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Source: Philadelphia Tribune
Date: August 6, 2009
Byline: Robert Hightower

Construction continues at President's House site

Construction crews have already moved on what will be a memorial to the slaves that lived and toiled at the President’s House.

Abdul R. Sulayman/Tribune Chief Photographer
Clifford Brock, owner of BrockBrothers Construction Company, of Yeadon, prepares the Presidents House site for construction.

As it stands now, a team of demolitionists has knocked down the viewing platform that stood for two years in order to prepare the site at Sixth and Market streets for the next phase of construction earlier this week.

An announcement with details on the groundbreaking at the site is expected in the next two weeks. The demolition was the second part of the preparation. The initial phase took place when an archeological dig occurred in 2007 on the site, which yielded a finding of the original foundation of the house.

The demolition was operated by Brock Brother’s Construction Company, an African-American owned business. Owner Clifford Brock said he was proud to be selected as one of the subcontractors for the job.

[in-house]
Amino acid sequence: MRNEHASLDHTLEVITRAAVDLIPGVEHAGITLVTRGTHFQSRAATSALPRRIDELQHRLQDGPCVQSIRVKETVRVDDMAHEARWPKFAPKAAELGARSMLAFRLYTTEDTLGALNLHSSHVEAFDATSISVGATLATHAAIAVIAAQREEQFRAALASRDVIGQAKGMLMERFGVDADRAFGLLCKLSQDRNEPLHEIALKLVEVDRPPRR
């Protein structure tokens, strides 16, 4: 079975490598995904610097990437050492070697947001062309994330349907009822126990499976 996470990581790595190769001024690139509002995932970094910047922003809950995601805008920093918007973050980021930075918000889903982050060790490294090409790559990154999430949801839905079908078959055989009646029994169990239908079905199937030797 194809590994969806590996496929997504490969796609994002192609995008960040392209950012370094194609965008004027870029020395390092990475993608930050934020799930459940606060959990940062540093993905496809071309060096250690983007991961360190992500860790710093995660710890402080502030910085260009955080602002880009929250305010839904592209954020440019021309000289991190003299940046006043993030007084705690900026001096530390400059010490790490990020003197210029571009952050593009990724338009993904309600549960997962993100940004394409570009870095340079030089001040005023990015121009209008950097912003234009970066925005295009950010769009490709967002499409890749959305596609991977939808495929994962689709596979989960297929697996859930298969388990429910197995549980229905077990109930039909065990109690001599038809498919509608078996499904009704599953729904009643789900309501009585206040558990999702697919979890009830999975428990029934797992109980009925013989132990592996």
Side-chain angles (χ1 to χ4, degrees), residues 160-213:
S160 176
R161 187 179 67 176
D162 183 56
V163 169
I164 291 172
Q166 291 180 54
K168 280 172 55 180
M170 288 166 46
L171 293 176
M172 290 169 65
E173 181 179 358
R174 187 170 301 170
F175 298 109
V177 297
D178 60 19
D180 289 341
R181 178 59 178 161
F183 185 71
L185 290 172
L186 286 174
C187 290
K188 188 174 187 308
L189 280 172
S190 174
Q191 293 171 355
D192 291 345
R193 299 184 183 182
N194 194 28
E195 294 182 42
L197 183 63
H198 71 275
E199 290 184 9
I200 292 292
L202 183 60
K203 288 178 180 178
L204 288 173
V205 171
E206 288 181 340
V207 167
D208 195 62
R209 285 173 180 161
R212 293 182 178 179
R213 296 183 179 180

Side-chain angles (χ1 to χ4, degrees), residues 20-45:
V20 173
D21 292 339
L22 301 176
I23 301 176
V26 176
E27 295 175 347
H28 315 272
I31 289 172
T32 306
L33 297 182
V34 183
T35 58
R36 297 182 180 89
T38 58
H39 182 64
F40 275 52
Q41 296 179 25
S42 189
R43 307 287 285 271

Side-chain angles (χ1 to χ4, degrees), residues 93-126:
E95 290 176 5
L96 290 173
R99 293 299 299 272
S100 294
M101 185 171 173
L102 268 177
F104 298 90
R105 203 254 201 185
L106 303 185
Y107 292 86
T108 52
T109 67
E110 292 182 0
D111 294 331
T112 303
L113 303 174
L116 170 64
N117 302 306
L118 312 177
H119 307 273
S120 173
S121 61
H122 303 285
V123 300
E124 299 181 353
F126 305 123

“It’s been a long time coming,” he said. “I’m hoping that we could do more historical work. It’s really a life changing experience, no doubt about it.”

Brock’s hiring comes on the heels of a heated meeting that took place earlier this year between Kelly/Maiello Management and the Daniel J. Keating Company, the project team for the President’s House, and aspiring subcontractors who wanted a piece a work that was projected to take place on the site.

Being an African-American owned business having the chance to work on the site has major significance, according to Brock.

“If not, it would be a total contradiction. ... When you look at what so many Black people before me fought for, some saw it come to fruition and some haven’t,” said Brock.

Project manager Rosalyn McPherson said another crop of subcontractors would be announced on Aug. 19.

“All of the other people who have received contracts haven’t been announced yet,” said McPherson.

McPherson added that she was impressed by the progress Brock has made regarding his company.

“When he came to the first public meeting once we officially started the project, he was in the process of formulating has company. Now he actually has the company. I think that is a really neat thing that in the time since we first started, he has launched his firm and has the opportunity to play an important role in the project,” she said.

The President’s House was lived in by Presidents George Washington and John Adams along with as many as nine slaves owned by Washington.

Adams, however, didn’t own slaves.

The project is slated for completion by 2010.


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